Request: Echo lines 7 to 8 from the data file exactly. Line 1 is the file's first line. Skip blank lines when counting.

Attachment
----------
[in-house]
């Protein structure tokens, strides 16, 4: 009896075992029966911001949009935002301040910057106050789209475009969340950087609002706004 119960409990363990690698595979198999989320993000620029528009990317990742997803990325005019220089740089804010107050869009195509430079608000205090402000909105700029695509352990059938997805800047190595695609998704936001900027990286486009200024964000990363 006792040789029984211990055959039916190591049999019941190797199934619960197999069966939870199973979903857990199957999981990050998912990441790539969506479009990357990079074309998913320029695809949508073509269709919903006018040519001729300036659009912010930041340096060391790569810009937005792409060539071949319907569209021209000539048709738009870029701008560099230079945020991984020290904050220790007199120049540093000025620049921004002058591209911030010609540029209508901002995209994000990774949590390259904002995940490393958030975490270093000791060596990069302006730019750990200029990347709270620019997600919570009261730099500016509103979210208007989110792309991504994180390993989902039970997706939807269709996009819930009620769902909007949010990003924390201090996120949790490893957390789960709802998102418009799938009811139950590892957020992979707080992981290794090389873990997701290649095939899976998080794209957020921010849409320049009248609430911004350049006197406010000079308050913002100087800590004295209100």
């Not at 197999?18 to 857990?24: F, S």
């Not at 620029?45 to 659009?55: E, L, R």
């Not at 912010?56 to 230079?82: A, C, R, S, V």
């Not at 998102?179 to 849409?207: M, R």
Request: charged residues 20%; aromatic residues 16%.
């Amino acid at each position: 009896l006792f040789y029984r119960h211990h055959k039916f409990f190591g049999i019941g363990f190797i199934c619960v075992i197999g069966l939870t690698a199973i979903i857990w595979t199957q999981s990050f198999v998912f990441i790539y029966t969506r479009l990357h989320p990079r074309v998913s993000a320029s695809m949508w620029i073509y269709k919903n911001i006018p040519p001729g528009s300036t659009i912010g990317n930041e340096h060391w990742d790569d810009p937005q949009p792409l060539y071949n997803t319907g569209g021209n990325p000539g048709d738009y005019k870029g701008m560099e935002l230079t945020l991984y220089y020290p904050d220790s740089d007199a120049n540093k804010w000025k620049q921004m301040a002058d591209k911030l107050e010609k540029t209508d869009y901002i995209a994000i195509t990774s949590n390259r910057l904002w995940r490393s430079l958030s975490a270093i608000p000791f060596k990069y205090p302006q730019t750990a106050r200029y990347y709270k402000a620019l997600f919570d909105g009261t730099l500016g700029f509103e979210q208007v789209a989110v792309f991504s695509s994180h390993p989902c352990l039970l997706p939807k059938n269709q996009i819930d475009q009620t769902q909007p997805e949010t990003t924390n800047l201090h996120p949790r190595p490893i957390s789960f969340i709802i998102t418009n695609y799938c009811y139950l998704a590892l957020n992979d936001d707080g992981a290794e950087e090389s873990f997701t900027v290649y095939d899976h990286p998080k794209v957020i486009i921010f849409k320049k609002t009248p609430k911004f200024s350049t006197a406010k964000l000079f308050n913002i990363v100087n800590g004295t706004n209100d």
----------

Request: charged residues 20%; aromatic residues 16%.
């Amino acid at each position: 009896l006792f040789y029984r119960h211990h055959k039916f409990f190591g049999i019941g363990f190797i199934c619960v075992i197999g069966l939870t690698a199973i979903i857990w595979t199957q999981s990050f198999v998912f990441i790539y029966t969506r479009l990357h989320p990079r074309v998913s993000a320029s695809m949508w620029i073509y269709k919903n911001i006018p040519p001729g528009s300036t659009i912010g990317n930041e340096h060391w990742d790569d810009p937005q949009p792409l060539y071949n997803t319907g569209g021209n990325p000539g048709d738009y005019k870029g701008m560099e935002l230079t945020l991984y220089y020290p904050d220790s740089d007199a120049n540093k804010w000025k620049q921004m301040a002058d591209k911030l107050e010609k540029t209508d869009y901002i995209a994000i195509t990774s949590n390259r910057l904002w995940r490393s430079l958030s975490a270093i608000p000791f060596k990069y205090p302006q730019t750990a106050r200029y990347y709270k402000a620019l997600f919570d909105g009261t730099l500016g700029f509103e979210q208007v789209a989110v792309f991504s695509s994180h390993p989902c352990l039970l997706p939807k059938n269709q996009i819930d475009q009620t769902q909007p997805e949010t990003t924390n800047l201090h996120p949790r190595p490893i957390s789960f969340i709802i998102t418009n695609y799938c009811y139950l998704a590892l957020n992979d936001d707080g992981a290794e950087e090389s873990f997701t900027v290649y095939d899976h990286p998080k794209v957020i486009i921010f849409k320049k609002t009248p609430k911004f200024s350049t006197a406010k964000l000079f308050n913002i990363v100087n800590g004295t706004n209100d």